The philosophical apparatus collection of the Hollis Professorship of Mathematics and Natural Philosophy was composed of scientific instruments and working models designed to demonstrate and explore the field known in the eighteenth century as "natural philosophy" (i.e. physics). The first scientific instrument presented to Harvard was a telescope in 1672. The apparatus was slowly assembled by Harvard until 1727 when Thomas Hollis (1659-1731), a wealthy English merchant, endowed the Hollis Professorship of Mathematics and Natural Philosophy and also gave Harvard five chests containing an assortment of apparatus for use by the new Hollis professor. The apparatus grew steadily through additional gifts and purchases after Hollis's donation. Unfortunately, on January 24, 1764, the philosophical apparatus and library in Harvard Hall was destroyed by fire. The College immediately began to solicit gifts and funds to restore the contents of the apparatus. Orders for new scientific instruments were placed in London beginning in June 1764. In the late eighteenth and early nineteenth centuries, Harvard's scientific instruments were almost exclusively purchased and repaired in England. However, Harvard's apparatus was also enhanced by two local craftsmen. Joseph Pope (1748-1826), a Boston clockmaker, designed and built a large orrey (a gear driven model of the solar system) and John Prince (1751-1836), a Salem clergyman, designed and built a wide variety of instruments for Harvard. By 1779, Harvard had amassed a new and larger apparatus and by the end of the eighteenth century began to add instruments to the apparatus to compliment instruction in chemistry, biology, and geology.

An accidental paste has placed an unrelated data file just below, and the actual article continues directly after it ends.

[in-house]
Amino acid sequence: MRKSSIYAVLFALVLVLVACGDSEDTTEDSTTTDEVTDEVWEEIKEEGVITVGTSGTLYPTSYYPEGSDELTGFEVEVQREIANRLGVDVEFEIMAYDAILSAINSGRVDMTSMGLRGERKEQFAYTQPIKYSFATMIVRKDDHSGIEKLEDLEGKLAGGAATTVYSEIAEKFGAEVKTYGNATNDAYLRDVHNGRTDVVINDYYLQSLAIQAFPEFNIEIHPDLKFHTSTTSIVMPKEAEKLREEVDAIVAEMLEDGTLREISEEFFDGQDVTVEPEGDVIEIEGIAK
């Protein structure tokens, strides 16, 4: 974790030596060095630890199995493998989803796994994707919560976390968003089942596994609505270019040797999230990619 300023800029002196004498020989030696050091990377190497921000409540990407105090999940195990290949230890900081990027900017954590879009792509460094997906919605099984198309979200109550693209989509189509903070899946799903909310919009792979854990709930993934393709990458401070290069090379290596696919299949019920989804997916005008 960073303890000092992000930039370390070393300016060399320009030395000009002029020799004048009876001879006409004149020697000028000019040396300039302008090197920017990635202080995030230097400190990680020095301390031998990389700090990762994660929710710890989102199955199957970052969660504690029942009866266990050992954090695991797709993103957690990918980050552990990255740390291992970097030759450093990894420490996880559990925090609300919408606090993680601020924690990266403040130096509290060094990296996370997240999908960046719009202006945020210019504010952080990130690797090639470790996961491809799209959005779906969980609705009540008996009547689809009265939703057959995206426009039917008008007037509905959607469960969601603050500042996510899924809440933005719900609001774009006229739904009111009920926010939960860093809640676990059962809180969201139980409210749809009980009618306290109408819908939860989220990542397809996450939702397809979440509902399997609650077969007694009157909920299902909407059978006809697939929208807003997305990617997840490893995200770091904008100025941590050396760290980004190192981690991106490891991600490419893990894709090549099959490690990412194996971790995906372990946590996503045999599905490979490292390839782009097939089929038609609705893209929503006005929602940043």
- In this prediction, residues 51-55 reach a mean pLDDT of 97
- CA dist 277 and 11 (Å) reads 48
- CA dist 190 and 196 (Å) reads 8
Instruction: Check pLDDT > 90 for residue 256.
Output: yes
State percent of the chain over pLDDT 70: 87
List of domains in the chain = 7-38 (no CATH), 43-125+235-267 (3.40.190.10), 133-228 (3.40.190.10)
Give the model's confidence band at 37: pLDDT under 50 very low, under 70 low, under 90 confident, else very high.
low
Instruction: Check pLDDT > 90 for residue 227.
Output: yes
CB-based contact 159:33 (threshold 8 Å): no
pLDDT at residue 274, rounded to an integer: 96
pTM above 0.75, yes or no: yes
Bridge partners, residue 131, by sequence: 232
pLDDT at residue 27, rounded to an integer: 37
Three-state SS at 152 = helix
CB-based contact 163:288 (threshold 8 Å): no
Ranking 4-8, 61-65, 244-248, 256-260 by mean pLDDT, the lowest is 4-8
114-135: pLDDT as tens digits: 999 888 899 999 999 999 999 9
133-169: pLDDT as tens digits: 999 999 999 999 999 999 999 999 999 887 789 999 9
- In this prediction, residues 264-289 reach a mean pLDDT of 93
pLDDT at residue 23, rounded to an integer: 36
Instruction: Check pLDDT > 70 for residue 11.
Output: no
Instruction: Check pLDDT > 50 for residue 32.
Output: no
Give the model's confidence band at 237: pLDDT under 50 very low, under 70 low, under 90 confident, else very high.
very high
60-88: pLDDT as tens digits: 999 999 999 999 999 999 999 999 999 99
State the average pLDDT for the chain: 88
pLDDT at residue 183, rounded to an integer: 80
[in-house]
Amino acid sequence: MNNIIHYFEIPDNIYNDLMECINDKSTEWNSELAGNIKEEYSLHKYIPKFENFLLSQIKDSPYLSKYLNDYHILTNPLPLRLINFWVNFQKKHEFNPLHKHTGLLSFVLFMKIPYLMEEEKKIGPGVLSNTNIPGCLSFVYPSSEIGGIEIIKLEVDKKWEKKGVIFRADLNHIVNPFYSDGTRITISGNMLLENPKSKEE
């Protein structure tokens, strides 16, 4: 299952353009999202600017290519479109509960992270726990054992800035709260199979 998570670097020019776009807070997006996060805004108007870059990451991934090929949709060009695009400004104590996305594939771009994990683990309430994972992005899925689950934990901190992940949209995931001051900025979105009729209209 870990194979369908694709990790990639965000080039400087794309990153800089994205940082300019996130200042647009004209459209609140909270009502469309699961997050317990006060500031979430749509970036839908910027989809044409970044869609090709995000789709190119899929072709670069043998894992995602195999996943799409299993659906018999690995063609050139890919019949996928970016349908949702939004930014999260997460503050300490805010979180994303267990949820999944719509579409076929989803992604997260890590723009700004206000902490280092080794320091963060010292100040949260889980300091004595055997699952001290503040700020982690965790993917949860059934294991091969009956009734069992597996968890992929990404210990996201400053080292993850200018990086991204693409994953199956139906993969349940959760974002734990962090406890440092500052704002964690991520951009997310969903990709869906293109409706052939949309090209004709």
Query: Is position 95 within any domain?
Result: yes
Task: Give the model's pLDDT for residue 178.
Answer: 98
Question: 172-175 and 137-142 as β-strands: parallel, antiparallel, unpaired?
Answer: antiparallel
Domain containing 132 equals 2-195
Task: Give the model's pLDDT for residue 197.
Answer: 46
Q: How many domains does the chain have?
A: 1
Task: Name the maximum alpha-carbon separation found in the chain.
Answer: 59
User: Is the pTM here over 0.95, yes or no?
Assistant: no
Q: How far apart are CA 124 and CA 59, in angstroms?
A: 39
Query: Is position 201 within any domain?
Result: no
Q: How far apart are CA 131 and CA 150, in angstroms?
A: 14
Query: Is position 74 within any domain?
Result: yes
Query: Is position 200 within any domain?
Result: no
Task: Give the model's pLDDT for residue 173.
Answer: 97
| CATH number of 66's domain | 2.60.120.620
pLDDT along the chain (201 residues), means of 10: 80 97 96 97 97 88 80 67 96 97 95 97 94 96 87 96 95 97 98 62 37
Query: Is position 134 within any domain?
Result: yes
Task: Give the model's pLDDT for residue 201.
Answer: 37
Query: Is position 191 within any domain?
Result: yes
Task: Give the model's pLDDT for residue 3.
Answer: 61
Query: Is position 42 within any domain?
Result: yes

Historical Note on the Massachusetts Professorship of Natural History